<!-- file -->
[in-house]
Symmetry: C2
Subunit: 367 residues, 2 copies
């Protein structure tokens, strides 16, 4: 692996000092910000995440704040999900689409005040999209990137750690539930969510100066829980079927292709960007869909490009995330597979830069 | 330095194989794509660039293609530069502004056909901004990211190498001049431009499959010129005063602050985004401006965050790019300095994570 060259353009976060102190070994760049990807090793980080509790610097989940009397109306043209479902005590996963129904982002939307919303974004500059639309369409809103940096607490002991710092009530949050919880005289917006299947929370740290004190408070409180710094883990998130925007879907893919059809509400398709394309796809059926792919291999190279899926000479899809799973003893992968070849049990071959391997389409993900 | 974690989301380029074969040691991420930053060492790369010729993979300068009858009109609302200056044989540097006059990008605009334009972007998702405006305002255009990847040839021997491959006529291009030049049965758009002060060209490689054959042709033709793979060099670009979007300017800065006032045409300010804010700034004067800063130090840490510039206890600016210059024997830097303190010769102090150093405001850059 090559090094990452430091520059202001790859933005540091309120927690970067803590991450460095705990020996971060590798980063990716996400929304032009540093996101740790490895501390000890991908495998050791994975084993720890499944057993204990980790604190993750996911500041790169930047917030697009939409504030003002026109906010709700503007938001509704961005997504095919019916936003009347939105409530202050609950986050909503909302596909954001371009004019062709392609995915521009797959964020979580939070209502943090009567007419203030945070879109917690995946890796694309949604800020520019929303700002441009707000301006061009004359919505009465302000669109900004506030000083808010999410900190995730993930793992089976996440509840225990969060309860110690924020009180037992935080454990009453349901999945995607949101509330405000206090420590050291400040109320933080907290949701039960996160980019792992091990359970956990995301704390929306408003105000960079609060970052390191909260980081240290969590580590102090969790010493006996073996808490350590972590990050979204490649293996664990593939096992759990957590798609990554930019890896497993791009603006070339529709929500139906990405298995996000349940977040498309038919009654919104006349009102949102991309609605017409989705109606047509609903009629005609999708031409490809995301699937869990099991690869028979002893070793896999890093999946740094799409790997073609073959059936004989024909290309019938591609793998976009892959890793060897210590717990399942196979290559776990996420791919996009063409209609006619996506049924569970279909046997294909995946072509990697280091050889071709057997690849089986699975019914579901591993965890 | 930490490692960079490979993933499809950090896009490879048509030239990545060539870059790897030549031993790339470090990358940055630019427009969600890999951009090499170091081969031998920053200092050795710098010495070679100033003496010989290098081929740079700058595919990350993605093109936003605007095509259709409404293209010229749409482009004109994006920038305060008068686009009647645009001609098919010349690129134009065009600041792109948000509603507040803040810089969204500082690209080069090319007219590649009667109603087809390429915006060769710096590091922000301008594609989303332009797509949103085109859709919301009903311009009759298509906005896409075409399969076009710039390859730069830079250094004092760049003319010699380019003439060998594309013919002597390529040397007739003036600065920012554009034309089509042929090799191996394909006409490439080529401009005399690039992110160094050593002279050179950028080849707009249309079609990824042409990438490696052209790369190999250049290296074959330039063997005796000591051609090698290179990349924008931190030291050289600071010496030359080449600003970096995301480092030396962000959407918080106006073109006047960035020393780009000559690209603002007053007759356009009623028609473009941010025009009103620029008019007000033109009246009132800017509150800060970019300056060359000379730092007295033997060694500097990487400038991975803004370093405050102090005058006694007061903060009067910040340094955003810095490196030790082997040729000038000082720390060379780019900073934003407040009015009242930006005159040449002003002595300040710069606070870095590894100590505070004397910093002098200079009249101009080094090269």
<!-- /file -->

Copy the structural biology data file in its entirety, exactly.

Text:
[in-house]
Symmetry: C2
Subunit: 367 residues, 2 copies
């Protein structure tokens, strides 16, 4: 692996000092910000995440704040999900689409005040999209990137750690539930969510100066829980079927292709960007869909490009995330597979830069 | 330095194989794509660039293609530069502004056909901004990211190498001049431009499959010129005063602050985004401006965050790019300095994570 060259353009976060102190070994760049990807090793980080509790610097989940009397109306043209479902005590996963129904982002939307919303974004500059639309369409809103940096607490002991710092009530949050919880005289917006299947929370740290004190408070409180710094883990998130925007879907893919059809509400398709394309796809059926792919291999190279899926000479899809799973003893992968070849049990071959391997389409993900 | 974690989301380029074969040691991420930053060492790369010729993979300068009858009109609302200056044989540097006059990008605009334009972007998702405006305002255009990847040839021997491959006529291009030049049965758009002060060209490689054959042709033709793979060099670009979007300017800065006032045409300010804010700034004067800063130090840490510039206890600016210059024997830097303190010769102090150093405001850059 090559090094990452430091520059202001790859933005540091309120927690970067803590991450460095705990020996971060590798980063990716996400929304032009540093996101740790490895501390000890991908495998050791994975084993720890499944057993204990980790604190993750996911500041790169930047917030697009939409504030003002026109906010709700503007938001509704961005997504095919019916936003009347939105409530202050609950986050909503909302596909954001371009004019062709392609995915521009797959964020979580939070209502943090009567007419203030945070879109917690995946890796694309949604800020520019929303700002441009707000301006061009004359919505009465302000669109900004506030000083808010999410900190995730993930793992089976996440509840225990969060309860110690924020009180037992935080454990009453349901999945995607949101509330405000206090420590050291400040109320933080907290949701039960996160980019792992091990359970956990995301704390929306408003105000960079609060970052390191909260980081240290969590580590102090969790010493006996073996808490350590972590990050979204490649293996664990593939096992759990957590798609990554930019890896497993791009603006070339529709929500139906990405298995996000349940977040498309038919009654919104006349009102949102991309609605017409989705109606047509609903009629005609999708031409490809995301699937869990099991690869028979002893070793896999890093999946740094799409790997073609073959059936004989024909290309019938591609793998976009892959890793060897210590717990399942196979290559776990996420791919996009063409209609006619996506049924569970279909046997294909995946072509990697280091050889071709057997690849089986699975019914579901591993965890 | 930490490692960079490979993933499809950090896009490879048509030239990545060539870059790897030549031993790339470090990358940055630019427009969600890999951009090499170091081969031998920053200092050795710098010495070679100033003496010989290098081929740079700058595919990350993605093109936003605007095509259709409404293209010229749409482009004109994006920038305060008068686009009647645009001609098919010349690129134009065009600041792109948000509603507040803040810089969204500082690209080069090319007219590649009667109603087809390429915006060769710096590091922000301008594609989303332009797509949103085109859709919301009903311009009759298509906005896409075409399969076009710039390859730069830079250094004092760049003319010699380019003439060998594309013919002597390529040397007739003036600065920012554009034309089509042929090799191996394909006409490439080529401009005399690039992110160094050593002279050179950028080849707009249309079609990824042409990438490696052209790369190999250049290296074959330039063997005796000591051609090698290179990349924008931190030291050289600071010496030359080449600003970096995301480092030396962000959407918080106006073109006047960035020393780009000559690209603002007053007759356009009623028609473009941010025009009103620029008019007000033109009246009132800017509150800060970019300056060359000379730092007295033997060694500097990487400038991975803004370093405050102090005058006694007061903060009067910040340094955003810095490196030790082997040729000038000082720390060379780019900073934003407040009015009242930006005159040449002003002595300040710069606070870095590894100590505070004397910093002098200079009249101009080094090269």